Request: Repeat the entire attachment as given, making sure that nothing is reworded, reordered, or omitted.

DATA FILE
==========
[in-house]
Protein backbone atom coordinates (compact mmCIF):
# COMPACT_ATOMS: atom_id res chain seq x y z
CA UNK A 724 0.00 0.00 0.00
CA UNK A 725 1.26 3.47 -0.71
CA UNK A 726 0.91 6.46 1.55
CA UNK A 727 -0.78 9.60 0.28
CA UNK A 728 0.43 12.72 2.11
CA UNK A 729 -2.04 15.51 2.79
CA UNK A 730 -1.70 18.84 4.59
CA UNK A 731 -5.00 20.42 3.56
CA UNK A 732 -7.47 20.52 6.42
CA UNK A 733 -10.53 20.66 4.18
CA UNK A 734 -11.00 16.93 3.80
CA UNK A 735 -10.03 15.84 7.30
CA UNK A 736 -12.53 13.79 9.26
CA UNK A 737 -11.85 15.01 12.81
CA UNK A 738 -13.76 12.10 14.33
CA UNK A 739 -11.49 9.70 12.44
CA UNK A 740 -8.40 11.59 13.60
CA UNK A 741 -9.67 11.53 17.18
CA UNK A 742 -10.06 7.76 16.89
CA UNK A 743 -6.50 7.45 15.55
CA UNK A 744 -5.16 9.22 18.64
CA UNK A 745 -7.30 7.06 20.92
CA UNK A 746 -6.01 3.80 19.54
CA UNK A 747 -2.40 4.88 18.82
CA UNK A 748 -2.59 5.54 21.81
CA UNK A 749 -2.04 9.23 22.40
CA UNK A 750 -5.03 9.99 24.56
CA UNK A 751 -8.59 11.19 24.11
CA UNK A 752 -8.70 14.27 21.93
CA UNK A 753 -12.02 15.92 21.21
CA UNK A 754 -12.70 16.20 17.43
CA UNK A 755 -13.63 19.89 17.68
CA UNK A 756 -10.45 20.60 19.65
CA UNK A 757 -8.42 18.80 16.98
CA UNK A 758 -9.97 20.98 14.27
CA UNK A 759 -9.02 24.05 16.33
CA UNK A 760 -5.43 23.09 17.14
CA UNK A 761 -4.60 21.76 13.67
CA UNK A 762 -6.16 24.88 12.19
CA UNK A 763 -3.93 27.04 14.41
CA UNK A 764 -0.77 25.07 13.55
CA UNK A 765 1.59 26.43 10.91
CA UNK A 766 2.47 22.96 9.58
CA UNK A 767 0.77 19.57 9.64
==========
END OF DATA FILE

[in-house]
Protein backbone atom coordinates (compact mmCIF):
# COMPACT_ATOMS: atom_id res chain seq x y z
CA UNK A 724 0.00 0.00 0.00
CA UNK A 725 1.26 3.47 -0.71
CA UNK A 726 0.91 6.46 1.55
CA UNK A 727 -0.78 9.60 0.28
CA UNK A 728 0.43 12.72 2.11
CA UNK A 729 -2.04 15.51 2.79
CA UNK A 730 -1.70 18.84 4.59
CA UNK A 731 -5.00 20.42 3.56
CA UNK A 732 -7.47 20.52 6.42
CA UNK A 733 -10.53 20.66 4.18
CA UNK A 734 -11.00 16.93 3.80
CA UNK A 735 -10.03 15.84 7.30
CA UNK A 736 -12.53 13.79 9.26
CA UNK A 737 -11.85 15.01 12.81
CA UNK A 738 -13.76 12.10 14.33
CA UNK A 739 -11.49 9.70 12.44
CA UNK A 740 -8.40 11.59 13.60
CA UNK A 741 -9.67 11.53 17.18
CA UNK A 742 -10.06 7.76 16.89
CA UNK A 743 -6.50 7.45 15.55
CA UNK A 744 -5.16 9.22 18.64
CA UNK A 745 -7.30 7.06 20.92
CA UNK A 746 -6.01 3.80 19.54
CA UNK A 747 -2.40 4.88 18.82
CA UNK A 748 -2.59 5.54 21.81
CA UNK A 749 -2.04 9.23 22.40
CA UNK A 750 -5.03 9.99 24.56
CA UNK A 751 -8.59 11.19 24.11
CA UNK A 752 -8.70 14.27 21.93
CA UNK A 753 -12.02 15.92 21.21
CA UNK A 754 -12.70 16.20 17.43
CA UNK A 755 -13.63 19.89 17.68
CA UNK A 756 -10.45 20.60 19.65
CA UNK A 757 -8.42 18.80 16.98
CA UNK A 758 -9.97 20.98 14.27
CA UNK A 759 -9.02 24.05 16.33
CA UNK A 760 -5.43 23.09 17.14
CA UNK A 761 -4.60 21.76 13.67
CA UNK A 762 -6.16 24.88 12.19
CA UNK A 763 -3.93 27.04 14.41
CA UNK A 764 -0.77 25.07 13.55
CA UNK A 765 1.59 26.43 10.91
CA UNK A 766 2.47 22.96 9.58
CA UNK A 767 0.77 19.57 9.64